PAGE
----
Tooling Around

When the inspector showed up to make sure Harrold Andresen's new enterprise complied with the Americans with Disabilities Act, he learned one of Andresen's clients--a wheelchair-bound quadriplegic--wanted to learn to weld with his mouth.

"Impossible," most people would say. He'd be incinerated.

"No problem," Andresen says.

In a large metal building, remarkably clean for what was once a repair shop, Andresen walks through an ocean of donated tables, saws, shelves and tools to show off a low steel worktable.

"If he wears the welding jacket backwards and slides his wheelchair under this table," Andresen says, "he can be completely protected from the sparks."

For 31 years, Andresen has run Mechanical Excellence, a shop in Duncanville that does automotive repairs and antique vehicle restoration. He's gained a reputation as the mechanic to see when all the others have failed. If Andresen can't find the right part, he'll make one.

From the beginning, Andresen serviced the cars of several clients in wheelchairs, repairing chair lifts and making other modifications. Three years ago, Andresen decided he wanted to do more than work after hours and weekends helping a few handicapped people. He wanted to work with "machines that matter."

So Andresen created the "Innovation Institute." He downsized his automotive business from 15 service bays to three, then remodeled the rest of the space to create a school with welding equipment, saws, drill presses and other machine tools that have been modified to accommodate eight disabled students and any assistants they may need.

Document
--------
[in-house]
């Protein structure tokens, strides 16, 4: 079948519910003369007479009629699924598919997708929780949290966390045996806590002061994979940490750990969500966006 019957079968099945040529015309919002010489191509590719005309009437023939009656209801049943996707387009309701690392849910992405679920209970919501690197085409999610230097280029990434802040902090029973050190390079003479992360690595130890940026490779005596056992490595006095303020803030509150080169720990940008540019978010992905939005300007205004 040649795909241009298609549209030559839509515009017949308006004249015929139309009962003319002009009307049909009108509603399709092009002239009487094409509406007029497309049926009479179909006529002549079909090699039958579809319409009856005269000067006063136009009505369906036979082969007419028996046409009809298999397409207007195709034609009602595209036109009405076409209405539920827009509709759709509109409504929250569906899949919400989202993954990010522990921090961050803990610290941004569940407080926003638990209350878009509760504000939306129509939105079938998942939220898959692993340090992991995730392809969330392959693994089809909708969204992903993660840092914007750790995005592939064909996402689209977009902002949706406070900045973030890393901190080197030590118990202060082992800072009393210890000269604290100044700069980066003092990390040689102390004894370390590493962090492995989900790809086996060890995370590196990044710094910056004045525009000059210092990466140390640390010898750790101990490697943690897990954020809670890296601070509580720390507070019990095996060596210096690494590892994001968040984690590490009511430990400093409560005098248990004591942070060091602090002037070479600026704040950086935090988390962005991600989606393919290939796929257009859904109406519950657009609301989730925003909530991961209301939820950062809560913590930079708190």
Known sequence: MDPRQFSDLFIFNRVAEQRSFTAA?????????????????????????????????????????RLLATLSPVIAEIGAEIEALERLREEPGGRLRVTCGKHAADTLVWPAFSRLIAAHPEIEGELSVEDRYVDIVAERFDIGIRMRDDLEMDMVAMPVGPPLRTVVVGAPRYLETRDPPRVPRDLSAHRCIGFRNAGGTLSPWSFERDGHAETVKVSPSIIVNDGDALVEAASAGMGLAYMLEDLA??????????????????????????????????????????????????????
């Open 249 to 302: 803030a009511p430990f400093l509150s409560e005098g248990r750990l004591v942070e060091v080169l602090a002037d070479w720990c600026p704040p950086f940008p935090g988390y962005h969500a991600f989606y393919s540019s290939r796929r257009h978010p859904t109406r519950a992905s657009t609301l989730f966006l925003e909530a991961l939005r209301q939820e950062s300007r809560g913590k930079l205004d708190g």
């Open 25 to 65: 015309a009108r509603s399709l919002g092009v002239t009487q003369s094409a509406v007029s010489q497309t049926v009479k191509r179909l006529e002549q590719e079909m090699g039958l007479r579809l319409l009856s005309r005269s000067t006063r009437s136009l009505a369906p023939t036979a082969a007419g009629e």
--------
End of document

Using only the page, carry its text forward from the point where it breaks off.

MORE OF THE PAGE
Rather than call the repair shop for help, Andresen wants his students to learn to do it themselves. He plans classes in robotics, welding, metal and wood fabrication, plus wheelchair and automotive repair and maintenance.

"This has never been done before," says Andresen, despite an "overwhelming need" for such training. In the Dallas-Fort Worth area alone, he says, there are about 5,000 paralyzed veterans.

"If you're in a wheelchair, you can't check the oil in your car engine," he says. "You have no real back-up system if your battery dies. Maybe your hand control is broken."

Matt Hambly, 32, of Plano, has had many wheelchairs that have broken down. Born without legs, Hambly doesn't need a lift on his truck; he's learned to get in and out of the pickup on his own. He also learned to change the oil and do other basic vehicle maintenance with the help of his father, a mechanic.

Hambly would love to work as a mechanic but says his father didn't want to teach him more advanced skills. "He was afraid if I got hurt, like if I was underneath the car, it could fall down on me," Hambly says.

Last August, Hambly started working with Andresen twice a week, doing metal grinding and other adaptations of tools. He's excited about the Innovation Institute. "Me and Harrold, if we put our heads together we can make things happen," Hambly says.

Andresen's background is mechanical engineering. "I was a D or F student who would win first prize in the science fair," he says. But Andresen has also been a volunteer with Wycliffe Bible Translators and worked two and a half years in an orphanage in Mexico. The institute combines his two passions: mechanics and helping people.